Monday Night Marsh: Each week a different lineup of musicians, actors, performance artists, and others takes the stage. Mondays, $7. The Marsh, 1062 Valencia (at 22nd St.), 826-5750, www.themarsh.org.
Murder Mystery Dinner: A dinner that begins with detectives gathering to split $5 million in royalties from their latest book. Includes fruit and cheese reception and three-course dinner. Beverages available for purchase. Call for specific date. Saturdays, 6 p.m., $95, www.incentivestointrigue.com. Queen Anne Hotel, 1590 Sutter (at Octavia), 441-2828.
Oy Vey in a Manger: Including such wholesome favorites as "God Bless Ye Femmy Lesbians," "A Lay in a Manger," and "Soylent Night," as well as a heartwarming first-person account of the birth of Jesus. Sat., Dec. 22. Herbst Theatre, 401 Van Ness (at Grove), 392-4400.
Shaker Chair: Shotgun Players' drama about environmental activism, written by Adam Bock. Through Jan. 13, 2008. The Ashby Stage, 1901 Ashby (at MLK Jr.), Berkeley, 510-841-6500.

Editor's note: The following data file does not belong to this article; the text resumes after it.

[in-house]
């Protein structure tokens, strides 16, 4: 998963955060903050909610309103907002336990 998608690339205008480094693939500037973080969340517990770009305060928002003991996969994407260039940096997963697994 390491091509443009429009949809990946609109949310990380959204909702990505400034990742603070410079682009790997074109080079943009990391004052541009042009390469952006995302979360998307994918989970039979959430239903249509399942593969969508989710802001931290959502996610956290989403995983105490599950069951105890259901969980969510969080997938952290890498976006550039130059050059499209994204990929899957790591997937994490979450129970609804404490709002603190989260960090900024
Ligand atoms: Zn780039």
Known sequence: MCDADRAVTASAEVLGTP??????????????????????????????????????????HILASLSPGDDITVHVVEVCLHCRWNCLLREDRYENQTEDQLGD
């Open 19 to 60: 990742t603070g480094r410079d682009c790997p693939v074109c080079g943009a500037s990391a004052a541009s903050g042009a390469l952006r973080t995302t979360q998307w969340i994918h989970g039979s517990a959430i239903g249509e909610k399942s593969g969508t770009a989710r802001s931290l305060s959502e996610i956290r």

Shopping! The Musical: Songs and sketches. Daily, $23-$29. Shelton Theater, 533 Sutter (at Powell), 433-1226, www.sheltontheater.com.
Siddhartha, The Bright Path: The story of Prince Siddhartha's journey to become the Buddha, told in parallel with that of a modern-day San Francisco girl. Through Jan. 6, 2008. The Marsh, 1062 Valencia (at 22nd St.), 826-5750, www.themarsh.org.
Teatro ZinZanni: A bewitching evening of European cabaret, cirque arts, theatrical spectacle, and original live music, all blended with a five-course gourmet dinner. Wednesdays-Saturdays, 6 p.m., $116-$140, 438-2668, www.zinzanni.org. Pier 29, Embarcadero (at Battery), 273-1620.
This Wonderful Life: Holiday stage adaptation of the perennially popular holiday film It's a Wonderful Life. Through Dec. 23. San Jose Repertory Theatre, 101 Paseo de San Antonio (at South Third St.), San Jose, 408-367-7255, www.sanjoserep.com.
Twelfth Night: Shakespeare's quintessential celebration of romance in all its enchanting permutations gets a song-filled reimagining set in the City by the Bay circa 1969. Through Dec. 23. Lucie Stern Theater, 1305 Middlefield (at Embarcadero), Palo Alto, 650-903-6000.
Very Special Money & Run Winter Season Holiday Special: An Impact Theatre holiday special directed by Jeremy Forbing. Through Dec. 22. La Val's Subterranean Theater, 1834 Euclid (at Hearst), Berkeley, 510-234-6046.